Migrating to 6.0.0
A modular library
Impact: You shouldn't include 3rd party dependencies anymore in maven, but use the various modules instead. Also, most packages have been renamed or classes have been moved around.
Simple Java Mail is growing. In 5.0.0 the builder api was introduced to deal with ambiguous telescoping constructors, scattered documentation and immutability.
But as new features was supported, it wasn't enough. Code was getting difficult to understand and the burden to include the right optional 3rd party dependencies was on the end users. Something had to happen to ensure a healthy growth into the future. Enter the module system.
The project was divided into modules: a core module, containing the builder API and also interfaces for the optional modules to be invoked from the main module. Internally the core module uses a "Module Loader" to help invoke optional extra functionality.
Furthermore the individual optional modules each manage their own 3rd party dependencies. Users don't need to think about this anymore.
The decision which modules to create was straight forward: each function that had its own 3rd party dependencies became a module.
No 3rd party library is shaded into the main jar anymore
Until 6.0.0, a couple of 3rd party libraries were 'shaded' into the main jar and made part of the library that way. This practice has been removed and not only is the dependency managed externally now, it has been made optional.
This means that if you relied on this functionality, or even used these renamed classes you will have to inlcude the relevant module now instead and no longer use the renamed classes but the actual classes from the 3rd party library.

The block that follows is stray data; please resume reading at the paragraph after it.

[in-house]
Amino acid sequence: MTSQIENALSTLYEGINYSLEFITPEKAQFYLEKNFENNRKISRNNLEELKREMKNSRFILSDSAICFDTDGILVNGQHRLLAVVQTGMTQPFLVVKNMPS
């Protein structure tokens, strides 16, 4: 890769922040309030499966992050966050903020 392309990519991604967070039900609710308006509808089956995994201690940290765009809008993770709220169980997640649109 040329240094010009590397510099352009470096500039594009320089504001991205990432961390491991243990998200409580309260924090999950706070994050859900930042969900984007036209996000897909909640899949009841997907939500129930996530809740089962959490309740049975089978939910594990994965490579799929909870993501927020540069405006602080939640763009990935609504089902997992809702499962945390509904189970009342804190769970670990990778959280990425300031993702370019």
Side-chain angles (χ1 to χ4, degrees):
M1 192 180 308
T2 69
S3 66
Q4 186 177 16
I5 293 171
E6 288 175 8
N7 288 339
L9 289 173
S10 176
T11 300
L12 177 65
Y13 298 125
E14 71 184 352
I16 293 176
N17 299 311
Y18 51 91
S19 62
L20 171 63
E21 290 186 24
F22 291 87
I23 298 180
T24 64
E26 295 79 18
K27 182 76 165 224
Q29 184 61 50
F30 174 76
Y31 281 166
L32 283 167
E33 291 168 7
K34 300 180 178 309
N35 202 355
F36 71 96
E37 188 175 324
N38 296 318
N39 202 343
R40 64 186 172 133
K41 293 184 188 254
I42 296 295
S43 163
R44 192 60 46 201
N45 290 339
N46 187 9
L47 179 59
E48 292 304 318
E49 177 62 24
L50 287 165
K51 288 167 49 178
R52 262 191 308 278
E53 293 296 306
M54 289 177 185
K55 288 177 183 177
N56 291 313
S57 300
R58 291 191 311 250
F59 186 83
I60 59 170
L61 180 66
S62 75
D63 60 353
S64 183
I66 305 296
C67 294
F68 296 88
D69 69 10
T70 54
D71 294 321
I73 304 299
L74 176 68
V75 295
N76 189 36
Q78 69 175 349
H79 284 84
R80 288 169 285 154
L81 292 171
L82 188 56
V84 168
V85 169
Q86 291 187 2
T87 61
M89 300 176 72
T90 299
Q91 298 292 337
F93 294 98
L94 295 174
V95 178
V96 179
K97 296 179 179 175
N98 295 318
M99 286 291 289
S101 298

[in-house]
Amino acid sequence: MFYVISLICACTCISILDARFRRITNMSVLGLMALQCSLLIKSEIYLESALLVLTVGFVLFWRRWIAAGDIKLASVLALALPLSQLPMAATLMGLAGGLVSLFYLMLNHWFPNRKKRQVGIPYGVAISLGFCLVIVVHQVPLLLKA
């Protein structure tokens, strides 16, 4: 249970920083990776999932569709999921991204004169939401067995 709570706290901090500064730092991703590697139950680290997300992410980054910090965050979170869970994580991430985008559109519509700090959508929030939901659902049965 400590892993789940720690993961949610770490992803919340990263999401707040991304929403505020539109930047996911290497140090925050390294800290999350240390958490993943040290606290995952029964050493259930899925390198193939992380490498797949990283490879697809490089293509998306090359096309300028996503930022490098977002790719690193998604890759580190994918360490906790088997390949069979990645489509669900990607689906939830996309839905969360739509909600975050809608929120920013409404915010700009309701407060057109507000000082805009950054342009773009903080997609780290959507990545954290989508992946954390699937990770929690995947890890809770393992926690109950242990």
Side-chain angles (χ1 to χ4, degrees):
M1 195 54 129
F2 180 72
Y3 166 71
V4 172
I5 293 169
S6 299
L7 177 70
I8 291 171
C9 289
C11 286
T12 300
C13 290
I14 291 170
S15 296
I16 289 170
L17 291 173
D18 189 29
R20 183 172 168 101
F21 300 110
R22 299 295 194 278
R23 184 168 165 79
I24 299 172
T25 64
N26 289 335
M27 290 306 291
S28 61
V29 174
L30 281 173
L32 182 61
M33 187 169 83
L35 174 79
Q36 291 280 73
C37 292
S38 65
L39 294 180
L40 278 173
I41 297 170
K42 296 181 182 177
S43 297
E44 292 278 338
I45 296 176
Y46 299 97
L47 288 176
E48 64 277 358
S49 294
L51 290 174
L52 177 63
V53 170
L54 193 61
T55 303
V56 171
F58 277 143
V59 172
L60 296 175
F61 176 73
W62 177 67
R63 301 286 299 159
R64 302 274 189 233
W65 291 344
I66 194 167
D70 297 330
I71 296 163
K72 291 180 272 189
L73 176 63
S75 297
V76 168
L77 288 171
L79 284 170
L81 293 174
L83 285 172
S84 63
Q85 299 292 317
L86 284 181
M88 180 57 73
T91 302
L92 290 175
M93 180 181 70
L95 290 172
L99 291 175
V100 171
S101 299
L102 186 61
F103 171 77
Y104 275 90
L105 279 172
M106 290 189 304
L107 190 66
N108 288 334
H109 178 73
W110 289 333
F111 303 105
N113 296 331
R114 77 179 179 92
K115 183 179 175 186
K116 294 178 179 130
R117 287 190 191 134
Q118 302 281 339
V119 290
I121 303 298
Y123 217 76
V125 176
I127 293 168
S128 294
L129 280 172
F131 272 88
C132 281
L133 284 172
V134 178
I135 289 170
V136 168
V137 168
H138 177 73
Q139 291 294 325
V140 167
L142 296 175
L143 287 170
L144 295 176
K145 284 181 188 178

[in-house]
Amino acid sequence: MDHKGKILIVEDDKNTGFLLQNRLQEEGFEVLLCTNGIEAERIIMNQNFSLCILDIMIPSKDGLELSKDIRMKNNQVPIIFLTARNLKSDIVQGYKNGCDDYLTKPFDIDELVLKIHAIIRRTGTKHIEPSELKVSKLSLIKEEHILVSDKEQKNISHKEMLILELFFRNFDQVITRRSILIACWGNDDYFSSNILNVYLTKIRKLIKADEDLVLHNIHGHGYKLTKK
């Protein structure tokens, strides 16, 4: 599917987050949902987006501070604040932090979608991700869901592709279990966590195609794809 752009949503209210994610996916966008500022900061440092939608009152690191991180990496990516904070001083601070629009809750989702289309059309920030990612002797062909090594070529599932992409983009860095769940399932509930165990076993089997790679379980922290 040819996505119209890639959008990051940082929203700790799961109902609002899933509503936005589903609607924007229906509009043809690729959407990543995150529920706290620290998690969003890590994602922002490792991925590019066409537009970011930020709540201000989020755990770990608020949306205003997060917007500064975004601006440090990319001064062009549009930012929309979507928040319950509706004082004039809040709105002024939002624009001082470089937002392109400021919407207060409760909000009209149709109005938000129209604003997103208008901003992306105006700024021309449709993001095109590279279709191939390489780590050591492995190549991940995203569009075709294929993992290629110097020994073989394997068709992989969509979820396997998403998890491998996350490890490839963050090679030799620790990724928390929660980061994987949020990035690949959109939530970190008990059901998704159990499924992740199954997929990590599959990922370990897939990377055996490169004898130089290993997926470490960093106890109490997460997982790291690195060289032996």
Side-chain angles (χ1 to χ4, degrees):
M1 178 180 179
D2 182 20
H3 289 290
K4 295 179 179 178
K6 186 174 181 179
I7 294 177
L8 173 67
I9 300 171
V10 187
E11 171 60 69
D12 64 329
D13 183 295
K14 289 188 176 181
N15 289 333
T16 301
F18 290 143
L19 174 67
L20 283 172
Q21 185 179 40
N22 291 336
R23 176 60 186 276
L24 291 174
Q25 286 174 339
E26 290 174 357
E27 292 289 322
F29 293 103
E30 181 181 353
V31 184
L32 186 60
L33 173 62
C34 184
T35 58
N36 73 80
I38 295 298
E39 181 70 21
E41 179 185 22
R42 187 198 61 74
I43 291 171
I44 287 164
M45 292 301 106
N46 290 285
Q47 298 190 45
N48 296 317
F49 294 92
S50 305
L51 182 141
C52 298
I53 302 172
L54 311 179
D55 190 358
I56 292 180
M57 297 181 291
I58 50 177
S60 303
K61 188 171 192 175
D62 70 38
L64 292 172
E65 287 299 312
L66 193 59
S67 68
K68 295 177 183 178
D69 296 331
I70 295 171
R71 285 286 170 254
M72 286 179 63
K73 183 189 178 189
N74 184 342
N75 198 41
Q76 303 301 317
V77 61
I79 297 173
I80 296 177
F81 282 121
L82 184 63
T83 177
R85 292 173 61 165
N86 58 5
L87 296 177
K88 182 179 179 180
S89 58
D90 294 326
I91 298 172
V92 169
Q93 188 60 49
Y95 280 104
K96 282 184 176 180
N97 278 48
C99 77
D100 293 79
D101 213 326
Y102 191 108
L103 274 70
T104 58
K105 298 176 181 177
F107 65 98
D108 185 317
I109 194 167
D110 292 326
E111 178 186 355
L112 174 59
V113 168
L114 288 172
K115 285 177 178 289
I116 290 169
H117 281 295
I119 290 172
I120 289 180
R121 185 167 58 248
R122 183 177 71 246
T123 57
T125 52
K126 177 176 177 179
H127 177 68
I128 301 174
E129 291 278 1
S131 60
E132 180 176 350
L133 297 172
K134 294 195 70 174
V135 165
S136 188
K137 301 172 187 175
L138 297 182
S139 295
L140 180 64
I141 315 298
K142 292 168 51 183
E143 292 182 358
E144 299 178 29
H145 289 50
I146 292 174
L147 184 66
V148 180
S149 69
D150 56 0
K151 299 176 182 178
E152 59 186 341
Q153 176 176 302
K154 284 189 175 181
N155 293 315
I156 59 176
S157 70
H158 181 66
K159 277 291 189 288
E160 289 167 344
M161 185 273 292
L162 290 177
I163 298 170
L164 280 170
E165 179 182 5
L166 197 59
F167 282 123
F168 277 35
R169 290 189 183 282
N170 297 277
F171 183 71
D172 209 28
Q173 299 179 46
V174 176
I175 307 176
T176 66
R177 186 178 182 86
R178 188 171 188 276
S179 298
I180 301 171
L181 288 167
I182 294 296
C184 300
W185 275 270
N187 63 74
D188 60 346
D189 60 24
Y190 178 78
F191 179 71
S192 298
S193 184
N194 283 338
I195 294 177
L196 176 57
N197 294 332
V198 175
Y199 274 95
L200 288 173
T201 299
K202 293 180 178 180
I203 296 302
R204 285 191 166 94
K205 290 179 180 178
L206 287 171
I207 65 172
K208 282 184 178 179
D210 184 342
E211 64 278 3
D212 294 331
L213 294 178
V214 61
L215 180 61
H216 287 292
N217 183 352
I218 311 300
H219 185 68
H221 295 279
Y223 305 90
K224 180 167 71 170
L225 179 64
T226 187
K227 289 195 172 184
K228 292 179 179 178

The Builder API and the CLI
Impact: To suit CLI usage better, Some email / mailer builder Java methods have been merged into one or have been renamed.
The CLI support works by directly translating the Builder API into CLI commands and options. However, not all methods were suitable for CLI because of the many variations or simply because of java types that don't translate well from CLI input.
So to provide a concise CLI api, some java methods were merged into a single one with more options while others remained untouched, but were excluded from CLI altogether in favor of the merged one (the merged one being a superset).
MimeMessage structure: not a one-size-fits-all anymore
Impact: If you operate on a
MimeMessage object that was the result of an
Until now, Simple Java Mail operated under the assumption that as long as the generated email was properly structure conform the RFC, the most accommodating variant would always work in every email client. This was mostly true.
Until it wasn't. With 6.0.0 Simple Java Mail takes the perfect-fit approach and uses the exact mime message structural fit that matches the use case. Play around with the various possibilities below:
Configure your email:
Structure used for email:
Outlook support is not included by default anymore
As part of the modularisation, all 3rd party dependencies have been made optional through a module. This includes Outlook support, which was previously included by default. In fact it used to be 'shaded' into the main jar as if it was part of the source code. This has been removed.
Simple Java Mail now reverts to default server ports if omitted by the user
When not provided through the builder API, then the following default ports will now be applied:
|default SMTP server port:||25|
|default SMTPS server port:||465|
|default TLS server port:||587|
|default proxy server port:||1080|
|default local proxy bridge:||1081|